- Boil your mash. So, you've now got a bunch of soy mash boiling on the stove, with a total of 454 grams, or 1 pound, of soybeans and about 22 cups of water. Cook this for about 20 minutes on medium. Stir frequently, as the soy will stick to the bottom of the pan. You want to avoid this from burning. If your soy mash threatens to boil over, stir or add a little cold water. Your soy milk is ready for the next step when the solids have separated from the milk. It should look like the picture on the right.
- Strain your milk. Line a colander with muslin, or use a fine meshed strainer (like I did!). Carefully pour the mixture through the strainer to separate the soy fibre from the soy milk. It's best to use muslin so that you can squeeze all the soy milk out of the mixture and to avoid any graininess in your soy milk.
- Enjoy your milk! If your aim was to make soy milk, then you are done. Soy milk in this manner won't keep as long as that which you buy at the grocery store as it has no preservatives. I have never tasted a better cup of soymilk than my fresh soymilk with a touch of maple syrup and a splash of vanilla!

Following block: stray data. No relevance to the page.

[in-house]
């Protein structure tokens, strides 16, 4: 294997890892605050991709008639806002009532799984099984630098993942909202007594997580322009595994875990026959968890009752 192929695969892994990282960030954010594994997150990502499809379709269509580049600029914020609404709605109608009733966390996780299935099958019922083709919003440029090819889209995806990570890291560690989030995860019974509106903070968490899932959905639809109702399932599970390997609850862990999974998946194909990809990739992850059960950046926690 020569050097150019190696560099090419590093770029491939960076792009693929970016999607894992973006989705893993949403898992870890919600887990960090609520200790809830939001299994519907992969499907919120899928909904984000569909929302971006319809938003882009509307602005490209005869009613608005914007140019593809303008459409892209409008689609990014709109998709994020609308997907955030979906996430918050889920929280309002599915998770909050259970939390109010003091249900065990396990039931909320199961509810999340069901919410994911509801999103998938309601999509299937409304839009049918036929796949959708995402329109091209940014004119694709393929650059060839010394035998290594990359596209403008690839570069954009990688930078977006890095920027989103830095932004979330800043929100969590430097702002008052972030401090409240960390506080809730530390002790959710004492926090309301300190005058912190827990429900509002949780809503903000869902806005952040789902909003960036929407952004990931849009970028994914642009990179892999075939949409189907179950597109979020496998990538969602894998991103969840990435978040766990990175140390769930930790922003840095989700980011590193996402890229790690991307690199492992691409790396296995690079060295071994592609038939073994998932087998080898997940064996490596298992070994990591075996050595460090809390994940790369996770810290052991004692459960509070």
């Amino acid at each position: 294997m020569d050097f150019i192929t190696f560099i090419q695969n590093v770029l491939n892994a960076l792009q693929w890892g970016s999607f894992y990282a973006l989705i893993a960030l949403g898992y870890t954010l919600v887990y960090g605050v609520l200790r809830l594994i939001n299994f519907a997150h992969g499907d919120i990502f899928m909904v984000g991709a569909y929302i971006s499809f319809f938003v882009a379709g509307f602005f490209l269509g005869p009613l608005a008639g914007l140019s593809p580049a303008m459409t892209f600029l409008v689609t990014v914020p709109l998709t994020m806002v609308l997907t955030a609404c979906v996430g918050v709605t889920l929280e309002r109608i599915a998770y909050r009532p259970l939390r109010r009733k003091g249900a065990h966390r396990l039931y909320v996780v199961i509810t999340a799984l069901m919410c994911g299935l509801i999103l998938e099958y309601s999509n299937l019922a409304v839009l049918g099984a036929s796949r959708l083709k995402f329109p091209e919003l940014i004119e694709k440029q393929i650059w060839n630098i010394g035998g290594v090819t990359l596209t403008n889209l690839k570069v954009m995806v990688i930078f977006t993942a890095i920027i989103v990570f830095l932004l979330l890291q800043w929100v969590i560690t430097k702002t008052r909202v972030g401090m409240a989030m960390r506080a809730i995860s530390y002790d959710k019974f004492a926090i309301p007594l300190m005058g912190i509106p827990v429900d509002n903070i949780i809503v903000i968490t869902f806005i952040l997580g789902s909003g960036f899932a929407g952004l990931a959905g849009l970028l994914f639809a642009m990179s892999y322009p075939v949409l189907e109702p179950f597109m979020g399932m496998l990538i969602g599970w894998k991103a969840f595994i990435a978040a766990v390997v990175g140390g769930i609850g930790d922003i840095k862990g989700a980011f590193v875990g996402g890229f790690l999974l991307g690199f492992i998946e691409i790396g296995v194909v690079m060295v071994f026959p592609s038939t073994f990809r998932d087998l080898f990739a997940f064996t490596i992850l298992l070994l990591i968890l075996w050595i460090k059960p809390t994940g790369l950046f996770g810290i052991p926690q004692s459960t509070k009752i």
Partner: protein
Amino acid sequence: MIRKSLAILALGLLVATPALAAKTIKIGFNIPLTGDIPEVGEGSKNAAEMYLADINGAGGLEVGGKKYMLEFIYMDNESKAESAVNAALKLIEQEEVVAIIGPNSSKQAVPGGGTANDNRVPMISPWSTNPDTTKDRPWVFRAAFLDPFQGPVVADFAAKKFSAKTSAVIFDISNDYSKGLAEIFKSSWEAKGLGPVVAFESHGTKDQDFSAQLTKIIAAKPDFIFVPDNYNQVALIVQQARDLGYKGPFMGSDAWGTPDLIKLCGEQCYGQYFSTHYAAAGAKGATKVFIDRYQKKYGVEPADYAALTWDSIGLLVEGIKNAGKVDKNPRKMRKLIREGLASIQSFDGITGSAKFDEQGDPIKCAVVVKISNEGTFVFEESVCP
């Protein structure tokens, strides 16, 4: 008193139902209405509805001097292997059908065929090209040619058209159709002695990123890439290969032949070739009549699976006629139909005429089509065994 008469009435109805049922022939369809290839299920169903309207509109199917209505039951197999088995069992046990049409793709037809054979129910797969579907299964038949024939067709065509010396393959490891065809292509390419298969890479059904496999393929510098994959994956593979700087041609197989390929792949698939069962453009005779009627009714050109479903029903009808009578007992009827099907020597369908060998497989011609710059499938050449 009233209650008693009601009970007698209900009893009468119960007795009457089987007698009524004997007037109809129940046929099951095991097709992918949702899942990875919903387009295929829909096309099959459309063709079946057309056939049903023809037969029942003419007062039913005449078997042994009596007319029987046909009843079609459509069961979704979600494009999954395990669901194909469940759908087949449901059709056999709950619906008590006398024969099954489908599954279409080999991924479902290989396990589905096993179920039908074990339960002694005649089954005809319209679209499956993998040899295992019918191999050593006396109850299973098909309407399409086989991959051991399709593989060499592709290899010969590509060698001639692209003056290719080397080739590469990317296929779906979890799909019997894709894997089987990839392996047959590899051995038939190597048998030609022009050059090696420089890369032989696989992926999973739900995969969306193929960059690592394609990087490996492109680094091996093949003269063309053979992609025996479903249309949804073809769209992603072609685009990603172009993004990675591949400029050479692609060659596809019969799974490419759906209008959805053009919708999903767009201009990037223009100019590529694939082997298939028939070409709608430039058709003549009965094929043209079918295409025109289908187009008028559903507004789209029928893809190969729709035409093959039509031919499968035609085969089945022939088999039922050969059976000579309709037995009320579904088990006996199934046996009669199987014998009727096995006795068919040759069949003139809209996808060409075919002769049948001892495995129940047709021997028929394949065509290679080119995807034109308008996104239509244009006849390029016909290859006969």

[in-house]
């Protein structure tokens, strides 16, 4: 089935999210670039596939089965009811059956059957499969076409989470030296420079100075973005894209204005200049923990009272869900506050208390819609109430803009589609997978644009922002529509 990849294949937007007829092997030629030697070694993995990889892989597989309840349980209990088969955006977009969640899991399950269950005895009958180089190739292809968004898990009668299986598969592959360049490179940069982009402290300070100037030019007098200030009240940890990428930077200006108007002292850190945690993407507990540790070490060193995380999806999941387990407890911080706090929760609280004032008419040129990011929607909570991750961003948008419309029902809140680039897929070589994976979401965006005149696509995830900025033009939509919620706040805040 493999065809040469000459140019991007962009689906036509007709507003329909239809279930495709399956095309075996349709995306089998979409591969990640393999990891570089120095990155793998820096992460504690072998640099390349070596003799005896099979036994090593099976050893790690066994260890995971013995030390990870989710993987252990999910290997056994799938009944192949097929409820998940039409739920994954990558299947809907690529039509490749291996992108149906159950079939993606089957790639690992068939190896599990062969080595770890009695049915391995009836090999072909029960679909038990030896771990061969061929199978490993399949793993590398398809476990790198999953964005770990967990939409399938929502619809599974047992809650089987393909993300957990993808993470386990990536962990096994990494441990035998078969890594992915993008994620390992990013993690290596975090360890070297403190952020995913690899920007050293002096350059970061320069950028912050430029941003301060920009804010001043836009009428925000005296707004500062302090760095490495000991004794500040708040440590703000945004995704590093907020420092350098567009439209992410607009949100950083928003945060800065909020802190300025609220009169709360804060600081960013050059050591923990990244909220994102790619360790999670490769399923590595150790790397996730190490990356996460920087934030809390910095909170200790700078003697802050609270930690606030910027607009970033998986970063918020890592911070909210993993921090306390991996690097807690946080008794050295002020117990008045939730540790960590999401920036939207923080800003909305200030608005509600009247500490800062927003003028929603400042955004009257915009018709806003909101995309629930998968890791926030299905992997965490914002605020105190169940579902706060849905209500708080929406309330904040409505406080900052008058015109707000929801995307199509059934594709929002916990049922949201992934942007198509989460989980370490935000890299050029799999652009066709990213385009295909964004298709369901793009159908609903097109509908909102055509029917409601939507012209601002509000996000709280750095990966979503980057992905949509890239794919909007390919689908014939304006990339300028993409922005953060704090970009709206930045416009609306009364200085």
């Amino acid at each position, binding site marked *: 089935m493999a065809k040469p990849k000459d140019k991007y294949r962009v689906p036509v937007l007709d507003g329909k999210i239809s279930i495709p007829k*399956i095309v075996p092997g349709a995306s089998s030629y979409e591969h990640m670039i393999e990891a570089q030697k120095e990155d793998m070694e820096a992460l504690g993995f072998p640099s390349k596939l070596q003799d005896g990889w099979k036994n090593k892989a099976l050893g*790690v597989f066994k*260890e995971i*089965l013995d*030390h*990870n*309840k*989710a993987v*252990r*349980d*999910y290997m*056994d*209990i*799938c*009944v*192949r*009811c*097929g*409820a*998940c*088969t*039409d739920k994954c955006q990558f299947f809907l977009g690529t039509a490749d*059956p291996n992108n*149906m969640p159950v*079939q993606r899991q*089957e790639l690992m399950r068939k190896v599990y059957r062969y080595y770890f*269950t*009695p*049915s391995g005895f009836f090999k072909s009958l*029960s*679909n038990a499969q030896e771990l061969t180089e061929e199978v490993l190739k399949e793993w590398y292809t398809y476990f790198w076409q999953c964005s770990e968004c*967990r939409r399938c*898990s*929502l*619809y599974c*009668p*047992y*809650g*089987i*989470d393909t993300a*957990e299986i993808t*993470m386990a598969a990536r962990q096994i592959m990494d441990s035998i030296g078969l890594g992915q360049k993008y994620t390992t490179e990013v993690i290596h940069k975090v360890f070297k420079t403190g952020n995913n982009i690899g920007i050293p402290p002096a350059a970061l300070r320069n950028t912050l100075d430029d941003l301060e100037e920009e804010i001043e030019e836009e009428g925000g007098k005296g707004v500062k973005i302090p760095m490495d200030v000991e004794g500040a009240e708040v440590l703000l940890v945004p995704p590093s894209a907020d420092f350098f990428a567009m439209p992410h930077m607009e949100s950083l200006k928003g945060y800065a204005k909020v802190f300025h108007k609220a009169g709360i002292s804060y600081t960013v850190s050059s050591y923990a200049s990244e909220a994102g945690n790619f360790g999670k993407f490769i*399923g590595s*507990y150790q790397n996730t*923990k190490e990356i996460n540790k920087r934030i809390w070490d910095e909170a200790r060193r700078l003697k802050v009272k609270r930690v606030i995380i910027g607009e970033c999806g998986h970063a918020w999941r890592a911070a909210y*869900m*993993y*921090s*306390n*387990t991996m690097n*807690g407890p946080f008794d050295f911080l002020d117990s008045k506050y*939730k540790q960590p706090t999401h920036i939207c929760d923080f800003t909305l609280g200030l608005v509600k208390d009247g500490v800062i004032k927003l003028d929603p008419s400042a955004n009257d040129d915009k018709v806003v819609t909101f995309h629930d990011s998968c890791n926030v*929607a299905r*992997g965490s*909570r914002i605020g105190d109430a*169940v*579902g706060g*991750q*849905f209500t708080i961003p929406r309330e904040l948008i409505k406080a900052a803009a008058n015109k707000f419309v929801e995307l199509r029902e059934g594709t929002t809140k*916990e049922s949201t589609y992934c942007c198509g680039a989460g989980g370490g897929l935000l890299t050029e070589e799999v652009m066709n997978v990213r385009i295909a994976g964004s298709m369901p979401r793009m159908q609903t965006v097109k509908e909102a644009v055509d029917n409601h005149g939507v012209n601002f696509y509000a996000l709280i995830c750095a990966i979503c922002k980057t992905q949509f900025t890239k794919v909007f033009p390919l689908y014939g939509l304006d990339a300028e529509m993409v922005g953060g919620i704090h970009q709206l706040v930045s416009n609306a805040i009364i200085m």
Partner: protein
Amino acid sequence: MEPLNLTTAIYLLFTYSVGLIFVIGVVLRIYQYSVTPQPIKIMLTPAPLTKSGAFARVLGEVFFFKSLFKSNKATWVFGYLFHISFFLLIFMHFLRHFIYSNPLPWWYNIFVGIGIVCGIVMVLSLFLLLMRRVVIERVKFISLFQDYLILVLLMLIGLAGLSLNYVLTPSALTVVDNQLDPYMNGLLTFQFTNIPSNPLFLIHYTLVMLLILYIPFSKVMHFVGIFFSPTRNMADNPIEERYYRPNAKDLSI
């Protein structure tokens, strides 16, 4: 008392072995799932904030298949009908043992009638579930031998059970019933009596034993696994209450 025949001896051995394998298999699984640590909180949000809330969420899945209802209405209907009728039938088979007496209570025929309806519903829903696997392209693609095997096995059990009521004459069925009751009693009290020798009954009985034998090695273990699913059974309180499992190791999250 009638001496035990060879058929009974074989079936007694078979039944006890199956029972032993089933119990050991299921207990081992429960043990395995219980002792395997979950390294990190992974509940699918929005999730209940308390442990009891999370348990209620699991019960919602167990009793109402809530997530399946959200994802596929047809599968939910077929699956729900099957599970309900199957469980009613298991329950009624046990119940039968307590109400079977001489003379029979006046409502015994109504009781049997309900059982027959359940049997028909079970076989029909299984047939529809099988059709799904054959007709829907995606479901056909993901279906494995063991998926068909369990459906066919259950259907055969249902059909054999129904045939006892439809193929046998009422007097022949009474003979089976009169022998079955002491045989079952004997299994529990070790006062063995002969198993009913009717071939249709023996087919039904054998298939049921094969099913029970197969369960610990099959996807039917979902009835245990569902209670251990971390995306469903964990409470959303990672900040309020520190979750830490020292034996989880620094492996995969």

You will have a bunch of soy fibre left over, and shown on the left. This is called okara. Don't throw it out! It contains a lot of fibre, and a good amount of protein. Okara can be stored in the fridge, or frozen or dried for future use.
I'll do a post in the future about okara uses, but as a quick idea, you can use it to bulk up your morning oatmeal, cutting calories and increasing fibre and protein. I made oatmeal with 1/2 cup rolled oats and 1/2 cup okara cooked with about 1 1/2 cups of water (or more, depending on how long you cook it for and how moist you like it). This oatmeal is rich, creamy and very delicious!
These instructions are my variation of those found in The Tofu Cookbook by Bauer and Andersen and by Makiko Itoh at http://www.justhungry.com/2006/03/milking_the_soy.html